BY: Lara De Santana (Qualified dietitian at Futurelife)
Health professionals worldwide agree that the cessation of smoking, promotion of exercise, losing weight and eating healthfully is the mantra for cardiovascular health. That’s because diet and lifestyle changes can not only help prevent heart disease, improve your cardiovascular function, but also help you live a longer life. So how should you be preparing your meals for optimal heart health?
some simple meal adjustments from the American Heart Association that can make a difference
Healthier methods of food preparation
- Stock up on heart-healthy cookbooks and recipes for cooking ideas.
- Use “choice” or “select” grades of beef rather than “prime,” and be sure to trim the fat off the fat before cooking.
- Use cuts of red meat and pork labeled “loin” and “round,” as they usually have the least fat.
- With poultry, use the leaner light meat (breasts) instead of the fattier dark meat (legs and thighs), and be sure to remove the skin.
- For recipes that require dairy products, try low-fat or fat-free versions of milk, yoghurt and cheese.
- Use reduced-fat, fat-free or lite dressings on salads, for dips or as marinades.
- Use and prepare foods that contain little or no salt.
Choose healthier seasonings
- Avoid using prepackaged seasoning mixes because they often contain a lot of salt. Use fresh herbs whenever possible.
- Add dried herbs such as thyme and rosemary to dishes for a more pungent flavour.
- Use vinegar or citrus juice as wonderful flavour enhancers, remember to add them at the last moment.
- Use dry mustard for a zesty flavour when you’re cooking, or mix it with water to make a very sharp condiment.
- To add a little more “bite” to your dishes, add some fresh hot peppers. Remove the membrane and seeds first, then finely chop them up. A small amount goes a long way.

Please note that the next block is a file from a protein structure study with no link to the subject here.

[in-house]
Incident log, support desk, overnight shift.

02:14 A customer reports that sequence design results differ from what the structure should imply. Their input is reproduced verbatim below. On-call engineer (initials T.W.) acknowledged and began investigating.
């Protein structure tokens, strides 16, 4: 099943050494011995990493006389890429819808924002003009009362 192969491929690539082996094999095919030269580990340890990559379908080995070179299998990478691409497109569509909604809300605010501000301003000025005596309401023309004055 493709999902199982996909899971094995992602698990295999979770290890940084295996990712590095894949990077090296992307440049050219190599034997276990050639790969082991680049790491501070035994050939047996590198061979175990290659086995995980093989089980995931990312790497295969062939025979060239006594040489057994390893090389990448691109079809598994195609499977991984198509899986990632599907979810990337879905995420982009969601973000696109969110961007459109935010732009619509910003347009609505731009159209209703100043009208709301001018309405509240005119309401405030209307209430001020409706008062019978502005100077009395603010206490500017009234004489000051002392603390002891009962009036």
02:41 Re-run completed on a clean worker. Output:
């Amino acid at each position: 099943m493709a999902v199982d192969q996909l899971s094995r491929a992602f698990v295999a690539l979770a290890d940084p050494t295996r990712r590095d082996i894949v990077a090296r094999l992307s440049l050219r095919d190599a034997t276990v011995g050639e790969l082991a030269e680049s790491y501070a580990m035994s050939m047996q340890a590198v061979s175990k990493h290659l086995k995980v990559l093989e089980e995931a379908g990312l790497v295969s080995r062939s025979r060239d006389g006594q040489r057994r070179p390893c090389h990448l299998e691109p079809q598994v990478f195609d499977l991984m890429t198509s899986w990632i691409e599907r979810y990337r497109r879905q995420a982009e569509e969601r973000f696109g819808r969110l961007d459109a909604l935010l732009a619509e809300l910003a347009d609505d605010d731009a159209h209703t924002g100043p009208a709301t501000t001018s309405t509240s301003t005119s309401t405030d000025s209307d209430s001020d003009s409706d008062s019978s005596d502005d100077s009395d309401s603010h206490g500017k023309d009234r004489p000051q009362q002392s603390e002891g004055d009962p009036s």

- Some vegetables and fruits, such as mushrooms, tomatoes, chilli peppers, cherries, cranberries and raisins have a more intense flavour when dried than when fresh. Add them when you want a burst of flavour.
Preparing and cooking foods with oils
- Use liquid vegetable oils or nonfat cooking sprays whenever possible.
- Whether cooking or making dressings, use the oils that are lowest in saturated fats, trans fats and cholesterol – such as canola oil, olive oil, safflower oil, sesame oil, soybean oil and sunflower oil – but use them sparingly.
- Stay away from coconut oil, palm oil and palm kernel oil. Even though they are vegetable oils, they are high in saturated fats.
Alternative cooking methods to frying
Instead of frying foods, which adds unnecessary fats and calories, use cooking methods that add little or no fat, like these:
- Stir-frying. Use a wok to cook vegetables, poultry or seafood in vegetable stock, wine or a small amount of oil. Avoid high-sodium (salt) seasonings like teriyaki and soy sauce.
- Use a rack in the pan so the meat or poultry doesn’t sit in its own fat drippings. Instead of basting with pan drippings, use fat-free liquids like wine, tomato juice or lemon juice. When making gravy from the drippings, chill first then use a ladle to remove the fat.
- Grilling and broiling. Use a rack so the fat drips away from the food.
- Bake foods in covered cookware with a little extra liquid.
- Cook chicken or fish by immersing it in simmering liquid.
- Sautéing. Use a pan made with nonstick metal or a coated, nonstick surface, so you will need to use little or no oil when cooking. Use a nonstick vegetable spray to brown or sauté foods; or, as an alternative, use a small amount of broth or wine, or a tiny bit of vegetable oil rubbed onto the pan with a paper towel.
- Steam vegetables in a basket over simmering water. They’ll retain more flavours and won’t need any salt.
WHERE DOES FUTURELIFE® FIT IN?
FUTURELIFE® products can be used as part of a heart healthy diet. Try mixing it with low-fat or fat-free milk, or low-fat non-sweetened yoghurt, to keep your calories down and to limit the intake of saturated fat.
There are a number of little things that you can change, that when added up can make a big difference. Be it the choice of cut of meat, or the way in which you cook the meat, it all matters.